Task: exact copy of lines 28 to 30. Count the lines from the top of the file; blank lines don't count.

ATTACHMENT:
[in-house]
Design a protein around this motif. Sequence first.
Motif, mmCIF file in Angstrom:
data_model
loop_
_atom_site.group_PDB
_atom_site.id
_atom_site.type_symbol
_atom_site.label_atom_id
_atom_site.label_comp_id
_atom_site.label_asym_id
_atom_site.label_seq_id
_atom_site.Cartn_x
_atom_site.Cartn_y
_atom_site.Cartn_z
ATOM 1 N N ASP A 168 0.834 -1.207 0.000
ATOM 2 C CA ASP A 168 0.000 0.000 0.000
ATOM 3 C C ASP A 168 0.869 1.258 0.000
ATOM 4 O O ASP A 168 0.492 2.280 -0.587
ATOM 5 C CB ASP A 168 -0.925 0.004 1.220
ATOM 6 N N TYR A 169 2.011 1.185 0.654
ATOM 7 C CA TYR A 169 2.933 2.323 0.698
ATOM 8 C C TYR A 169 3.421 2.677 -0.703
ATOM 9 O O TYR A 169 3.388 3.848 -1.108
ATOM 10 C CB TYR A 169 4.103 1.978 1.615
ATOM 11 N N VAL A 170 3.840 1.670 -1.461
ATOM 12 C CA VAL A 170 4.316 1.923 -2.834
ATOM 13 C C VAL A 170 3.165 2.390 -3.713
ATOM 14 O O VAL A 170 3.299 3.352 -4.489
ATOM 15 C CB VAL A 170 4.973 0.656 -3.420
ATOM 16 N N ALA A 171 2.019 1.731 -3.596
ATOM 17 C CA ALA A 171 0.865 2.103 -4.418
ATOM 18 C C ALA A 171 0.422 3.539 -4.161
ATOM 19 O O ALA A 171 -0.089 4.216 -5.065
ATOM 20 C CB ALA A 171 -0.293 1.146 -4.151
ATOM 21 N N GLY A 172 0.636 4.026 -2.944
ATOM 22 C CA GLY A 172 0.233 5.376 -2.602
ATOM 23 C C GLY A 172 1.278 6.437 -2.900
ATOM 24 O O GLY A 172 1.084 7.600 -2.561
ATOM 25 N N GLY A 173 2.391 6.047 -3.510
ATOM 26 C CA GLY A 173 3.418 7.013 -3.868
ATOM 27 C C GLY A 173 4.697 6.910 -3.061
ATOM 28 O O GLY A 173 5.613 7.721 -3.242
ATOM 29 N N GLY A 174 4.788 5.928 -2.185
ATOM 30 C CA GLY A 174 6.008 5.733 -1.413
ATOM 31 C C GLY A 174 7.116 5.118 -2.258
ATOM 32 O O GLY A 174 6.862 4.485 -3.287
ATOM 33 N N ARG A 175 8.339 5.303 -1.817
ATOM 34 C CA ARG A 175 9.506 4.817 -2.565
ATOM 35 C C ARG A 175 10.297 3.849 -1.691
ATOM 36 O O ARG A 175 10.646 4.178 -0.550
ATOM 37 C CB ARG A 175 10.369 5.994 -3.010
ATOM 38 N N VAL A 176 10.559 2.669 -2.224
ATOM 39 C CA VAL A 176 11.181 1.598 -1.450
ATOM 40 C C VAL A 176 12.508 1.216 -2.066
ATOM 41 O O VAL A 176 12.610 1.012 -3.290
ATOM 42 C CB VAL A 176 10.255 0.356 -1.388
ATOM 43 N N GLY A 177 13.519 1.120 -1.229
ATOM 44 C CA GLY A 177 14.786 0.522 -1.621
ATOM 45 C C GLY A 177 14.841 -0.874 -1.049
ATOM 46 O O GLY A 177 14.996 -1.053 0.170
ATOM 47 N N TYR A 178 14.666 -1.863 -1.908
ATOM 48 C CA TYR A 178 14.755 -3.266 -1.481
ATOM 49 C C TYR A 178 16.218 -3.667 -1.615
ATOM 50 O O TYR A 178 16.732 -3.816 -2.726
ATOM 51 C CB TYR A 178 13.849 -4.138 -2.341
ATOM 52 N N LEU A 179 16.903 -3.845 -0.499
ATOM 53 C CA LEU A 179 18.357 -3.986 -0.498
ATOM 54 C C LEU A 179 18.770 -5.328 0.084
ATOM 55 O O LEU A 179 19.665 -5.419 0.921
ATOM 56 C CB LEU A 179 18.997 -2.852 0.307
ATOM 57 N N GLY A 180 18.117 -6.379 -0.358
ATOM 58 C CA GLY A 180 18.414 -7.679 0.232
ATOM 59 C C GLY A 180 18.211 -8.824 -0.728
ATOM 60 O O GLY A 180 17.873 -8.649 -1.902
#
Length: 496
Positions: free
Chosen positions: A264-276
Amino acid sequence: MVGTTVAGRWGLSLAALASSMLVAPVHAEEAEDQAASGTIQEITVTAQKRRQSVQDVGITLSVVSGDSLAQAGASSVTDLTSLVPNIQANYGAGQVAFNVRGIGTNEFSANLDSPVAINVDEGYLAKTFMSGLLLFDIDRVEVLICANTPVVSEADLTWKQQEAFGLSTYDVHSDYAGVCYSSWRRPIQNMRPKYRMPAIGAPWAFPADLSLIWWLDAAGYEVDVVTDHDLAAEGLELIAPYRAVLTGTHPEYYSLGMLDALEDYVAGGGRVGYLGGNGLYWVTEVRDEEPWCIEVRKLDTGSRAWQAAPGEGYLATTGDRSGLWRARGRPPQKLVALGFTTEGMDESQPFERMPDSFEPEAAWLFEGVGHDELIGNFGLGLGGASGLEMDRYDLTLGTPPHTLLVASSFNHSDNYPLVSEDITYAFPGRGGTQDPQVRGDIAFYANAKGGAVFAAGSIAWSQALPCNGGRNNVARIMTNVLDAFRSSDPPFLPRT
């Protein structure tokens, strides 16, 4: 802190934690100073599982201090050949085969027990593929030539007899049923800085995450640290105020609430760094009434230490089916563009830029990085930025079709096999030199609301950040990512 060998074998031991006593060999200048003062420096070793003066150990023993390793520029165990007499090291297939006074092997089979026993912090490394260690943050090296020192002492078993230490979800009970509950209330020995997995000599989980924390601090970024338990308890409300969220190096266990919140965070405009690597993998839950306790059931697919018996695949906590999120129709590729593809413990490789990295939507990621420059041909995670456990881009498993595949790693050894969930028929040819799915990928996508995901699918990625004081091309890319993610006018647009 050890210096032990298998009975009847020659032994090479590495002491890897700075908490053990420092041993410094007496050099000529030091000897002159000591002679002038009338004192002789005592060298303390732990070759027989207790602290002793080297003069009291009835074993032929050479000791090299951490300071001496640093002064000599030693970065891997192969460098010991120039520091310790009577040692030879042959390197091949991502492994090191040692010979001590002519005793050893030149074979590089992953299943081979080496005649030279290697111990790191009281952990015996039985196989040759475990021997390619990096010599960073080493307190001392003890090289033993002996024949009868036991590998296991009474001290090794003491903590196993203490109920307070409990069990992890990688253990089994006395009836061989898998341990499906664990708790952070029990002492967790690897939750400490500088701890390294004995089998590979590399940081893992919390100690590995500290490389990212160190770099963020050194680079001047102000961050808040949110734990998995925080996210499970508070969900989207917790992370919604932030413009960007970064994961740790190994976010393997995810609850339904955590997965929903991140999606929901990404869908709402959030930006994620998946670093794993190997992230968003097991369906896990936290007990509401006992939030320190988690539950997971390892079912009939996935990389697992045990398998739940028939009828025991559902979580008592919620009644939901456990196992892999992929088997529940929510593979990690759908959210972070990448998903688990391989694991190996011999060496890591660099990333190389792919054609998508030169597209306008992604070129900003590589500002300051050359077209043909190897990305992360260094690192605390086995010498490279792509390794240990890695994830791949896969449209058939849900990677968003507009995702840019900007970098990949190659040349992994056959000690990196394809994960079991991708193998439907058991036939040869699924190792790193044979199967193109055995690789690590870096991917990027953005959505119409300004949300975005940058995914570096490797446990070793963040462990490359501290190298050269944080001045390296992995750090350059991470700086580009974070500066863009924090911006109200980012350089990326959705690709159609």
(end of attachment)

ATOM 13 C C VAL A 170 3.165 2.390 -3.713
ATOM 14 O O VAL A 170 3.299 3.352 -4.489
ATOM 15 C CB VAL A 170 4.973 0.656 -3.420